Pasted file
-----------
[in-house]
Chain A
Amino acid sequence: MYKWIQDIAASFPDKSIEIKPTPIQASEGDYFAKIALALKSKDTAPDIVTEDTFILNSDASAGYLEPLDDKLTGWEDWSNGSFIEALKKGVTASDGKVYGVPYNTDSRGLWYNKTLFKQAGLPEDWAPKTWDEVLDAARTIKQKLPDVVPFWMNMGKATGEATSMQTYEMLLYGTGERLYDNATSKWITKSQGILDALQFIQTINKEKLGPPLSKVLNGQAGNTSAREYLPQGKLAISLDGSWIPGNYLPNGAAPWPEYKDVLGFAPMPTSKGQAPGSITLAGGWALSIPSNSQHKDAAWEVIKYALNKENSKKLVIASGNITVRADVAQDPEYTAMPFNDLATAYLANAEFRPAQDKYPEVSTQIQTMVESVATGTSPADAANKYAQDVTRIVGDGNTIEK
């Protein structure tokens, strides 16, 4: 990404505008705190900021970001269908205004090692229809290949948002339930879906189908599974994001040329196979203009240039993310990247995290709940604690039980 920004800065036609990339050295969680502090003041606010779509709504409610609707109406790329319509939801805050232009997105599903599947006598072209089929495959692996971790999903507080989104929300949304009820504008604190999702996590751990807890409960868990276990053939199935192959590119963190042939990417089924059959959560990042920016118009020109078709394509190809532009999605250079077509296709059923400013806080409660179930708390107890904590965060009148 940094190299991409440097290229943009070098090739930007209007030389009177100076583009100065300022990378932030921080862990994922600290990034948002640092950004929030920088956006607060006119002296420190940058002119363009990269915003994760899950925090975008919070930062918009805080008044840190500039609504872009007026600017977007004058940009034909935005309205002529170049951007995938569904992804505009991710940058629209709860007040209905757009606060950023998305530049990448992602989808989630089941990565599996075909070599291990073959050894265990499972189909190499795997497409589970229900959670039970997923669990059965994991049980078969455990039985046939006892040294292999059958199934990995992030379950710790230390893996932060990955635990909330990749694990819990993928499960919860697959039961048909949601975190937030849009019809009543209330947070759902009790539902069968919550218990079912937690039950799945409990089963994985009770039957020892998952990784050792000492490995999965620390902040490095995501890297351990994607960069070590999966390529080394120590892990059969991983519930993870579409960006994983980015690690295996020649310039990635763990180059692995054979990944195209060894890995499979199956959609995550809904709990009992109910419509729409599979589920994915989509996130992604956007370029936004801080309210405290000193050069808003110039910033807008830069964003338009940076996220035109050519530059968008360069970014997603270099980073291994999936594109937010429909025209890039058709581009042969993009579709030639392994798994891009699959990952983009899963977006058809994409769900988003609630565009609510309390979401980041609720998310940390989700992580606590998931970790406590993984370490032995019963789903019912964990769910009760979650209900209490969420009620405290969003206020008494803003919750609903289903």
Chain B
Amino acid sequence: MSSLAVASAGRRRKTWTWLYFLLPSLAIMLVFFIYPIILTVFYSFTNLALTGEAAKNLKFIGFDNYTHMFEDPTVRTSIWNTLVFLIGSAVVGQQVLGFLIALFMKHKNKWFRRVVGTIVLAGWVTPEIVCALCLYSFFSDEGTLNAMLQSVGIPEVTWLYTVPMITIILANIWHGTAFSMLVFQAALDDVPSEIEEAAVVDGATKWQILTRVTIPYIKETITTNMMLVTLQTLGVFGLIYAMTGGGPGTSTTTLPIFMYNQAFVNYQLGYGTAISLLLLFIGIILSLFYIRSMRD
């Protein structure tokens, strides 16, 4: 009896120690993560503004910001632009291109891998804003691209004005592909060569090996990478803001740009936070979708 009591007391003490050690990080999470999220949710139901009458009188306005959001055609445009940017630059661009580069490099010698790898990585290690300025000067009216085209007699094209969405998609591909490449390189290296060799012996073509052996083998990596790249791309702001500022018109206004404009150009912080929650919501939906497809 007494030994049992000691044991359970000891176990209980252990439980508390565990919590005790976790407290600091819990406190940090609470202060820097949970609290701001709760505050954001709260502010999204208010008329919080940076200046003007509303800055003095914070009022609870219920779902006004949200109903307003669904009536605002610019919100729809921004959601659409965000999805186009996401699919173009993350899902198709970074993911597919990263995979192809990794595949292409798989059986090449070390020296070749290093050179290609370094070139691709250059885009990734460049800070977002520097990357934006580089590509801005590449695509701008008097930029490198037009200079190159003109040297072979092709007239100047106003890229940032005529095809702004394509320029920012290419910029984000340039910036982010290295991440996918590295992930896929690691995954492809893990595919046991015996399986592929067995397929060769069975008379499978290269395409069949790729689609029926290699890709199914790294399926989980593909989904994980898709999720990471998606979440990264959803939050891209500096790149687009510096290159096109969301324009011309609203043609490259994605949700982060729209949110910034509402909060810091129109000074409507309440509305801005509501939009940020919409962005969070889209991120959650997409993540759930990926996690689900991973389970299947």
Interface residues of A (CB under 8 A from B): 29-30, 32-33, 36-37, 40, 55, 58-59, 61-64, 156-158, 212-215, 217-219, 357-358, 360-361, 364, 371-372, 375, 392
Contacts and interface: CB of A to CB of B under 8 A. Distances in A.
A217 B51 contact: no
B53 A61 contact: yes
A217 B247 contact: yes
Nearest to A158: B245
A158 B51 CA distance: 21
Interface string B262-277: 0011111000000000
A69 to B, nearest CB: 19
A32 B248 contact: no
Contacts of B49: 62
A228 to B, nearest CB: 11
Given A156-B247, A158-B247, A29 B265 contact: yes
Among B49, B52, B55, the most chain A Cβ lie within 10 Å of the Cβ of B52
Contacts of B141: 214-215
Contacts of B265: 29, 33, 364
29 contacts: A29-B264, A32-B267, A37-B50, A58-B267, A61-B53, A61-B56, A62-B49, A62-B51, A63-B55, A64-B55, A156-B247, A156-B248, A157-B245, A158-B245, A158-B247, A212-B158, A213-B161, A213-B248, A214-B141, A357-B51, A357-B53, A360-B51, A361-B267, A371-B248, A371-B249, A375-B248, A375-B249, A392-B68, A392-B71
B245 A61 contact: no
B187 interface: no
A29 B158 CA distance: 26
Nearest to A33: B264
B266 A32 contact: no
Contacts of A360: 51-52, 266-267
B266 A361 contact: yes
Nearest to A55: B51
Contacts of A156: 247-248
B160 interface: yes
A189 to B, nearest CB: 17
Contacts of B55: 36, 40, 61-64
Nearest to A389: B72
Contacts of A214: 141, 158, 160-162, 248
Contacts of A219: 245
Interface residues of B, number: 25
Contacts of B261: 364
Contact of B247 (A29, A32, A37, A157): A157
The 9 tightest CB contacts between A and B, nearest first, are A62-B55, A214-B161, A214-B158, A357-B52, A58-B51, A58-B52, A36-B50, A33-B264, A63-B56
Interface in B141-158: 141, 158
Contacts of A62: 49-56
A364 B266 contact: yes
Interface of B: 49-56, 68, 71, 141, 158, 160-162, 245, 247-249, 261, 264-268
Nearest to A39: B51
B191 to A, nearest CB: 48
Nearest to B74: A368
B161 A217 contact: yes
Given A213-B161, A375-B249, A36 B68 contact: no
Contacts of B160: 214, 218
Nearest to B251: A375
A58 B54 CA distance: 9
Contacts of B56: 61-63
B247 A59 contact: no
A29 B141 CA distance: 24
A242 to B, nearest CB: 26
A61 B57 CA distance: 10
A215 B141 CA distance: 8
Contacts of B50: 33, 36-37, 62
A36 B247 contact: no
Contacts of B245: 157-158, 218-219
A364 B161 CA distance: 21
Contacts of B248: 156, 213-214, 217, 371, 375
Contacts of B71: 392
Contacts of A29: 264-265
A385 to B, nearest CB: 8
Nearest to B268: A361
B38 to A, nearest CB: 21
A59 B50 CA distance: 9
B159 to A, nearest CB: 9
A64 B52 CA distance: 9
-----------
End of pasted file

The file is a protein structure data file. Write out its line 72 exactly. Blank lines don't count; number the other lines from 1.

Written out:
A59 B50 CA distance: 9